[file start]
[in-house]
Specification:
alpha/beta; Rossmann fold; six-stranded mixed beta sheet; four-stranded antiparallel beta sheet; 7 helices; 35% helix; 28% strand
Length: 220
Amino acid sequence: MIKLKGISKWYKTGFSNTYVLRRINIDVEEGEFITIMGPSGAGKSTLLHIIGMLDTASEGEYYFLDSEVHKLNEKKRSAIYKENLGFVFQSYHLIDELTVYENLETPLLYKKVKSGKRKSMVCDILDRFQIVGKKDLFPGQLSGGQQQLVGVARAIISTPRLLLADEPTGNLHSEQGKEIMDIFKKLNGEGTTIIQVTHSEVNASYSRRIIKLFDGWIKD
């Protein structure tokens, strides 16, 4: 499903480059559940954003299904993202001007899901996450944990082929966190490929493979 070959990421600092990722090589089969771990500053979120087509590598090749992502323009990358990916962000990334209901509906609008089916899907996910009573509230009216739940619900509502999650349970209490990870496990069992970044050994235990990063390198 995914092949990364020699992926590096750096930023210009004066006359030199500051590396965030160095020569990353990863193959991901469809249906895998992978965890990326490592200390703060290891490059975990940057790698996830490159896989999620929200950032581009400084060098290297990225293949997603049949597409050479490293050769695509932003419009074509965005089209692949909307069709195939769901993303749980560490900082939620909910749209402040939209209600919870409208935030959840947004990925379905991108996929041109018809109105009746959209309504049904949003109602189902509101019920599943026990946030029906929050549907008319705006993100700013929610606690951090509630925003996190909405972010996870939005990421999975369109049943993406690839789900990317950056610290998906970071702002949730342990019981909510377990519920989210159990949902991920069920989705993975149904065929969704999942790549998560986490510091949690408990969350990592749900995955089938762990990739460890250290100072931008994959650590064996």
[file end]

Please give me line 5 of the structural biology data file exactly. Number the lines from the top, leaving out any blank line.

Amino acid sequence: MIKLKGISKWYKTGFSNTYVLRRINIDVEEGEFITIMGPSGAGKSTLLHIIGMLDTASEGEYYFLDSEVHKLNEKKRSAIYKENLGFVFQSYHLIDELTVYENLETPLLYKKVKSGKRKSMVCDILDRFQIVGKKDLFPGQLSGGQQQLVGVARAIISTPRLLLADEPTGNLHSEQGKEIMDIFKKLNGEGTTIIQVTHSEVNASYSRRIIKLFDGWIKD